Empowerment on Job: Micro management will not excite or engage the new generation.  They will soon become disengaged and the price organizations will pay for this would be huge.  Managers need to be orientated and trained to become more empowering Managers.  Accountability shift with responsibility is imminent.  The new generation does not appreciate Bossy term, they need somebody who could coach them and empower them and also mentor them so that they are successful.  

Regular Performance Dialogues: Regular performance dialogues are essential today.  No surprise feedback conversation at the end of the year.  New generation appreciates constant conversations on their performance. They need instant feedback.  I am glad that there are many organizations which have already moved away from annual review process to regular dialogue based performance process. 

Feedback vs Feedforward: Most of the times, performance discussions are based on what went well or bad in the past which is feeding the ‘back’ and rarely it moves to feeding the ‘forward’.  The new generation requires developmental discussion where the discussions are happening around how to enable them reach their aspiration.  What are the key and critical expectations from their job and role in future.  How their strengths can further be leveraged and what developmental support is to be provided to enable them overcome their improvement opportunities.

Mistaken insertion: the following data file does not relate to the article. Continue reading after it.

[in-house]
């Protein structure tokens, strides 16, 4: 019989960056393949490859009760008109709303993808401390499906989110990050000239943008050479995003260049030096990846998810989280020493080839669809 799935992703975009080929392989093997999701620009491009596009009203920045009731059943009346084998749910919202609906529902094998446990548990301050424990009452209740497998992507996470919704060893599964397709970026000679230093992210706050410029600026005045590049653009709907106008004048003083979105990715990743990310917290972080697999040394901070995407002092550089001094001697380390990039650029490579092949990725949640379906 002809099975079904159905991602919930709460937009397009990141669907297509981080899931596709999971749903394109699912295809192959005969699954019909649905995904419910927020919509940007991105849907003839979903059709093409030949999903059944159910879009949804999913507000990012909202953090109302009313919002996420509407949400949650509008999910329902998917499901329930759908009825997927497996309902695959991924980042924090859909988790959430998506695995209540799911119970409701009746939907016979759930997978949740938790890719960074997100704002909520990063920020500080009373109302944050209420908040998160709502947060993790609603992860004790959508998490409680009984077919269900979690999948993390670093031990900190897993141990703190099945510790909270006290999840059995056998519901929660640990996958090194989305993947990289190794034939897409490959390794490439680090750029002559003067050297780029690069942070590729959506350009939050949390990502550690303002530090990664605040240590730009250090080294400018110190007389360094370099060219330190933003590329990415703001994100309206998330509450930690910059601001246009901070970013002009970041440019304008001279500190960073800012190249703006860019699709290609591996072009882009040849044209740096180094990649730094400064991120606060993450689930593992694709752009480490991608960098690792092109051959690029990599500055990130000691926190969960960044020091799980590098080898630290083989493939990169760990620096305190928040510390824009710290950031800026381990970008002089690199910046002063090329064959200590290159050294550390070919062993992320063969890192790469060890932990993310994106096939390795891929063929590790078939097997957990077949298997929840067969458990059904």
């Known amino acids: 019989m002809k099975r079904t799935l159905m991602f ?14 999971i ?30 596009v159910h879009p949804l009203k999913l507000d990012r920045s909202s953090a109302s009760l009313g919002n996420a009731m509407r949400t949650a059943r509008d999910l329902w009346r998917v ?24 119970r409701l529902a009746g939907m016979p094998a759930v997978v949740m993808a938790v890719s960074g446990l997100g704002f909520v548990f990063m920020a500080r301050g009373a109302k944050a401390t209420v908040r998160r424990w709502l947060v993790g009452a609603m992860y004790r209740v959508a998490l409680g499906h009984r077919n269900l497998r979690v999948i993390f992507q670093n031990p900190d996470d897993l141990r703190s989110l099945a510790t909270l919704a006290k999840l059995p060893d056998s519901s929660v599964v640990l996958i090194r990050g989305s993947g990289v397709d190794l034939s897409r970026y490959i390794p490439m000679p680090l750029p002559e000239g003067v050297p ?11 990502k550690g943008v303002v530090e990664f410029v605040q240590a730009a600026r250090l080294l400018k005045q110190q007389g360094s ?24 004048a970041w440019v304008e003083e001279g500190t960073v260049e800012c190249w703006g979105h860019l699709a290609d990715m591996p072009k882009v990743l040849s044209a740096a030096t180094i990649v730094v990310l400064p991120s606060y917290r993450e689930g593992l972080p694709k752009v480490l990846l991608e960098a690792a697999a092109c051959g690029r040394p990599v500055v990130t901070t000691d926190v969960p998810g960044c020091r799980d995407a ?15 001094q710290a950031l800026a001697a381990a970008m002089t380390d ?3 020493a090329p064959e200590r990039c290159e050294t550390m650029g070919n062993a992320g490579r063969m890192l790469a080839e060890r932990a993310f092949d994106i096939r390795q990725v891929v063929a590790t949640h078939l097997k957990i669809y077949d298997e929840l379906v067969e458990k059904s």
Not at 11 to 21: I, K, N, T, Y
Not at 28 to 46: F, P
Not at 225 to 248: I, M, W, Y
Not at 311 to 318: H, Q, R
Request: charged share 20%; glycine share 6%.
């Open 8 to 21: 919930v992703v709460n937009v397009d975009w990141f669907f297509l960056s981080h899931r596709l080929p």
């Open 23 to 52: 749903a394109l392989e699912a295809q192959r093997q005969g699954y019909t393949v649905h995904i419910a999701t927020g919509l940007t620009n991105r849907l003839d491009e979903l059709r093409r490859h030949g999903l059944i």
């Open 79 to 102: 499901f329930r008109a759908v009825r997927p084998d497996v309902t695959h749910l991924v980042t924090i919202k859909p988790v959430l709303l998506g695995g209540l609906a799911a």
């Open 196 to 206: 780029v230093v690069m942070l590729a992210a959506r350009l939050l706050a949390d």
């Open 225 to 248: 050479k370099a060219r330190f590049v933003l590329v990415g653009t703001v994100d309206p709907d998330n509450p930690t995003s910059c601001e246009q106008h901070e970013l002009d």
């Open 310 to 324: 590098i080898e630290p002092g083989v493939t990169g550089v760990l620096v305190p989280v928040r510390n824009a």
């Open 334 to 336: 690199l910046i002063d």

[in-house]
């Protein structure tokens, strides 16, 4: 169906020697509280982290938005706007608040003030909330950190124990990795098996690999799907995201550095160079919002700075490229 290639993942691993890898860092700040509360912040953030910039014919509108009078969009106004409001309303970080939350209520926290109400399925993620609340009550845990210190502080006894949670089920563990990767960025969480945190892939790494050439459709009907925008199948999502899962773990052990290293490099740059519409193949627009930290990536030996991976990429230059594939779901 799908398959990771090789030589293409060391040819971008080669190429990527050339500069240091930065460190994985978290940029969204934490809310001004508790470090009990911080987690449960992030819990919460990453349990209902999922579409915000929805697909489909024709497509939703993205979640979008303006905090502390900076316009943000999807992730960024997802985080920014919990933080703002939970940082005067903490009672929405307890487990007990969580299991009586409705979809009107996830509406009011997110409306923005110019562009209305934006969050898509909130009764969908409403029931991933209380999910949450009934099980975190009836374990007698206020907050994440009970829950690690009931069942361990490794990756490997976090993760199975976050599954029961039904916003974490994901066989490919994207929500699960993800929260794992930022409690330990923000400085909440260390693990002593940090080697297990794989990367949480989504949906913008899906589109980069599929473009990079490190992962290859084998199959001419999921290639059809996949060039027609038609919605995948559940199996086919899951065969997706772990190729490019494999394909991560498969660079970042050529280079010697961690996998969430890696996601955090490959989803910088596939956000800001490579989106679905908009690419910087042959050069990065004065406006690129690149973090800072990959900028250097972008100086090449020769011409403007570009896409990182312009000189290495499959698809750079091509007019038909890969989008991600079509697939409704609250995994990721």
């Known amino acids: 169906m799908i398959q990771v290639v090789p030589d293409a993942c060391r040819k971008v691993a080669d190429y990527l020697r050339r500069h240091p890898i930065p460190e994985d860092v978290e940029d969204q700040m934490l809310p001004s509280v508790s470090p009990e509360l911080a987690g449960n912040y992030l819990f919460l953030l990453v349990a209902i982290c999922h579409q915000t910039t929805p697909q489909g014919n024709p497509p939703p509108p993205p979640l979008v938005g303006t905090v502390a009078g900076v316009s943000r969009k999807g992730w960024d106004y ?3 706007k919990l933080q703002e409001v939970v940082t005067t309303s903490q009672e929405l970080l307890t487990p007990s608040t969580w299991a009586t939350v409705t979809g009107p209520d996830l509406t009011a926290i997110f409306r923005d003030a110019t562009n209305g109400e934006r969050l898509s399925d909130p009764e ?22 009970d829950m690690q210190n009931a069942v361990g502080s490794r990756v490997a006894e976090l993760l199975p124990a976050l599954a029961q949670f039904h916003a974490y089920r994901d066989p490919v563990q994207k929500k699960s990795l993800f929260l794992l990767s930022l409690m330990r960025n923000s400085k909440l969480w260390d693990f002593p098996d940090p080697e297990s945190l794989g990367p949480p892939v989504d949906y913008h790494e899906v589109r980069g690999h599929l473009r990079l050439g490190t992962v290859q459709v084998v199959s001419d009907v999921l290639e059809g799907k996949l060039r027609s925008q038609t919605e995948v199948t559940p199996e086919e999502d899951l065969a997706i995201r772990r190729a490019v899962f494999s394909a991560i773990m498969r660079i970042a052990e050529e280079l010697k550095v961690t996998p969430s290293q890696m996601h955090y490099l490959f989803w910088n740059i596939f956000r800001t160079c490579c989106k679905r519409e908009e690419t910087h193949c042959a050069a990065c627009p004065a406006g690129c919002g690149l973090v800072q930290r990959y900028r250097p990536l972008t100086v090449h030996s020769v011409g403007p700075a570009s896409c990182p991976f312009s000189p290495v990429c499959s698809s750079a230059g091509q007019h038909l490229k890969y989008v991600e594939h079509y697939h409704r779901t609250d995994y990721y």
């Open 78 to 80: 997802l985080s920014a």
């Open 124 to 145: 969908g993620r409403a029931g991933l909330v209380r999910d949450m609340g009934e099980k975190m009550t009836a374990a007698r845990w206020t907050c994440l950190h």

Promotion vs Growth: Mere career progression/promotions would not make individual feel happy or satisfied. Growth means continuous learning and hence companies must need to detach title progression with growth alone. 

Limiting people to same job for long will not help, providing opportunities to people to rotate their jobs, leading newer assignments, attending career focused learning programs and conferences will rather be looked as Growth by them.  

Preferential based Rewards System: ‘One size doesn’t fit all’, offering standard reward framework to everyone may not be the right approach.  HR needs to relook at its offering, benefits basis preferences or segments of the population. One example could be to look at CTC structure and make it flexible so that within same CTC, people have opportunity to distribute their compensation to different components basis their liking. This will create a sense of empowerment and satisfaction among the Millennials and Post-Millennials.  

Listening vs Active Listening: Sounding listening through engagement surveys once in a year is not sufficient.  They are a vocal lot with an enormous opinion, hence would prefer an environment where their voice matters and is heard.  So companies need to become creative in lending their ear out to them through various platforms and initiatives and this would definitely make them feel wanted. 

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Topics: Diversity